As time and possibilities and opportunity and all the wants that come along with it — all the desires that cause suffering, according to the Buddhist tradition — slip away, I put my car into park, take my foot off the brake and feel both my feet on the floor mat below me. I feel the seat cradling me and the seatbelt bracing me. I listen to the engine idling and the air conditioner blowing. I breathe.
I pick up a book and find — amid the quiet, amid the submission, amid the impossibility of using my cellphone — that I can concentrate in a way I can’t at home. I read without a child sleeping next to me, without dishes waiting for me downstairs or a pile of laundry awaiting me on the floor of the bedroom or my laptop full of unread emails and half transcribed interviews and unwritten stories and student assignments to grade and so many other ands.
As I read, the words penetrate me in a way that they don’t usually. I’m not moving through the pages — rather, the pages are moving me. It’s what the experience of reading should be: transformative.
I pause my reading and look around at the other people again. I imagine us not in one chapel, though we are in a way, but each of us in our own little tiny chapels — each car a chapel. I see the curve of the windshield extending up, up, into steepled roofs pointing towards heaven and then I’m overcome by the same feeling of expansiveness I’ve had in houses of worship around the world. I imagine the roofs opening, nothing standing between us and the sky — all of us connected to the blue beyond.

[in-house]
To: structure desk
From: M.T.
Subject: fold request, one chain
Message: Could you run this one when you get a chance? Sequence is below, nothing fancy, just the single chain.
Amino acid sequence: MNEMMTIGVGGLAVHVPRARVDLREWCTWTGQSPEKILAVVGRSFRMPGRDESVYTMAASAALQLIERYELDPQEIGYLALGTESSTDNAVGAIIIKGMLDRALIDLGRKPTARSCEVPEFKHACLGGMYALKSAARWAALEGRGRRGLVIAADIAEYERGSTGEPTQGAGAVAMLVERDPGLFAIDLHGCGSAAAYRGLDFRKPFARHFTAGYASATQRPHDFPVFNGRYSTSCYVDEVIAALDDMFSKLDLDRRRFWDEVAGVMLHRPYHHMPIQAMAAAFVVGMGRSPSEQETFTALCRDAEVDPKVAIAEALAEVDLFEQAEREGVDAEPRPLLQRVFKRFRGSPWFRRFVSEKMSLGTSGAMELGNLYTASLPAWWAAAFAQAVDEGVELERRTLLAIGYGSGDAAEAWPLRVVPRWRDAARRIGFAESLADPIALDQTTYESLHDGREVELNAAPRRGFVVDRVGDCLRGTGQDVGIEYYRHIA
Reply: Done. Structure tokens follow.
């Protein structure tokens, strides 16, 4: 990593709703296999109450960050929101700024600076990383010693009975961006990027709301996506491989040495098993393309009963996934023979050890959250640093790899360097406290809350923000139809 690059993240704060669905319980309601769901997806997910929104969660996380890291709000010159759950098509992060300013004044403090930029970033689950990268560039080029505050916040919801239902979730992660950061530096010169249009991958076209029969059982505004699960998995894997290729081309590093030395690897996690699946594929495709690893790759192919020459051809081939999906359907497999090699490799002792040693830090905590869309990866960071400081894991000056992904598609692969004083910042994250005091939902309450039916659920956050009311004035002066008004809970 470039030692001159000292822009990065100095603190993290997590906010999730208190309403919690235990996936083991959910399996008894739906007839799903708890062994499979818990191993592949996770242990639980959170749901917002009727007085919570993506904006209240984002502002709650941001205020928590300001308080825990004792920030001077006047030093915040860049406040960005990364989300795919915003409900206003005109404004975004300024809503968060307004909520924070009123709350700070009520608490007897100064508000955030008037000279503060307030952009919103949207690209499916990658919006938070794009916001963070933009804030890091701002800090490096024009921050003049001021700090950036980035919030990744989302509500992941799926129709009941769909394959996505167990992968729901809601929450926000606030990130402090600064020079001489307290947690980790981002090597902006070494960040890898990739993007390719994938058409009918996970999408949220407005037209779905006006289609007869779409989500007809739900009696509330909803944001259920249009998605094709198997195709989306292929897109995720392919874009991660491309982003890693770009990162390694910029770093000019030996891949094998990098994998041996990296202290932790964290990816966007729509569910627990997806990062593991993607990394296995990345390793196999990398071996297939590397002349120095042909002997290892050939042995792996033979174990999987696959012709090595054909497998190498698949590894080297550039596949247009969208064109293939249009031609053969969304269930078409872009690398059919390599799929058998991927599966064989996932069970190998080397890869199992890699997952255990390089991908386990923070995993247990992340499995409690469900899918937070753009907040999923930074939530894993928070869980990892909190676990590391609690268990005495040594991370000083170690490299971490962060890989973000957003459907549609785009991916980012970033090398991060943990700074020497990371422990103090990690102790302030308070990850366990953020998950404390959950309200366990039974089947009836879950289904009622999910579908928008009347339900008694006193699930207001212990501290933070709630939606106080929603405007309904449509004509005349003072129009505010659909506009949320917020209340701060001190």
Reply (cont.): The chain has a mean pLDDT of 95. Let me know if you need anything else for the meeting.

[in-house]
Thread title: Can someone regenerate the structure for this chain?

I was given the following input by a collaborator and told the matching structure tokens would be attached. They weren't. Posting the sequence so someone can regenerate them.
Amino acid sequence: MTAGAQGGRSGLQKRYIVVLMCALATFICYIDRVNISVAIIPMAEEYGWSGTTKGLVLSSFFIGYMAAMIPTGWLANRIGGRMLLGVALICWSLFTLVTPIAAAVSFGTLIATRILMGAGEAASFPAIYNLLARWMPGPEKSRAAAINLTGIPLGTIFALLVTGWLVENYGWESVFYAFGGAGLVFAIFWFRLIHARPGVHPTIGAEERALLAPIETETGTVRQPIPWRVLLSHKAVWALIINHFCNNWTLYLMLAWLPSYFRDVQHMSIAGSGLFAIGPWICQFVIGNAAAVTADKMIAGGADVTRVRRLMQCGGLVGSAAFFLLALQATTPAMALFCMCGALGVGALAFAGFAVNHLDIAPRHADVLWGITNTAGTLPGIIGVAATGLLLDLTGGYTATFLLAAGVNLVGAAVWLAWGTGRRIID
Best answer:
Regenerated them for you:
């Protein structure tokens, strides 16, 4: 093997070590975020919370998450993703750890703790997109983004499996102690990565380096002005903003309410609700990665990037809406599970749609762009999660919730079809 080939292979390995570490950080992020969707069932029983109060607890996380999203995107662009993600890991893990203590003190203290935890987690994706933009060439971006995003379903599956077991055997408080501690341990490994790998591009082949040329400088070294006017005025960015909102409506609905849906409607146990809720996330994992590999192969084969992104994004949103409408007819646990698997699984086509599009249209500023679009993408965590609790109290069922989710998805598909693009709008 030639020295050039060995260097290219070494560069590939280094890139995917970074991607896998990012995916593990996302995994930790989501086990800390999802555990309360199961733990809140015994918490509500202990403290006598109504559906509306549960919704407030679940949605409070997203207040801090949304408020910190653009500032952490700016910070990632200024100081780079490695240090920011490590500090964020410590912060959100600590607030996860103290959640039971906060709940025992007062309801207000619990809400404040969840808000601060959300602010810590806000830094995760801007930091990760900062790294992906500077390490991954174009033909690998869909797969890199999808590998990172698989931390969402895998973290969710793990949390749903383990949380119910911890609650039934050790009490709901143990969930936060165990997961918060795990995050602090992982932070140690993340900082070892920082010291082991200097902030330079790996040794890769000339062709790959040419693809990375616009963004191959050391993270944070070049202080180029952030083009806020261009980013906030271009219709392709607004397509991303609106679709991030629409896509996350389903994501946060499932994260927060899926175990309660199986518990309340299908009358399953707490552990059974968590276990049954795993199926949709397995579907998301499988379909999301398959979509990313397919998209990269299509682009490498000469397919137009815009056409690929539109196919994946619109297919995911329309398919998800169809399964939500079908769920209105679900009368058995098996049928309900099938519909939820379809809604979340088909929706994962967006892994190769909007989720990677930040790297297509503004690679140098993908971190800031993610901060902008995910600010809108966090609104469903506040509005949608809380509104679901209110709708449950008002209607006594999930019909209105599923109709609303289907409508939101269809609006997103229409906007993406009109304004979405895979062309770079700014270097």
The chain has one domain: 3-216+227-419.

Suddenly the car line moves!
I put my book down, shift into drive edge forward, excited to get my 5-year-old daughter. How was her day I wonder? What did she learn? How much has she grown in the hours since we have been apart? I picture the baby who slept on my chest and think about how fast it’s all going, how she’s just sort of passing through my home on the way to her own adult life, during which she’ll sit in a car line. And I’ll be old then and on my way out, so to speak.
I begin to think that Earth isn’t God’s waiting room — it’s God’s car line. But then I push the thoughts of mortality away.
As I edge forward, a teacher reads the bright yellow placard I’ve taken out of the glovebox and placed on the dashboard, on the passenger’s side. Speaking into a walkie talkie, the teacher says my daughter’s name. Down the line, another teacher announces it into a bullhorn and then, moments later, there she is. My daughter. The reason I’m here. She steps out of the crowd, spots my car, and striding towards it, she smiles.
The world drops away a bit more — even car line — and nothing exists for me outside of this moment. Our eyes lock as we see each other and we give each other a smile.
This is what car line has prepared me for — my reunion with this girl who swears that, from heaven, she saw me and she chose me to be her mama and decided to join me here on earth. And now we’re joining each other again, my car sanctuary made more sacred by our reunion.
She opens the door and enters. The sound of children streams in and she starts her first sentence as she always does, “And Mama,” as though we were in the middle of a conversation that she simply paused for the school day.
As she tells me about her day — who was there today, who wasn’t, what she ate for lunch, every sentence starting with “And Mama” — I drive with one hand and reach into the back of the car with the other. I open my hand and she places her foot, still tiny — but getting bigger every day — into my palm. We drive away, merging into traffic with all the other families.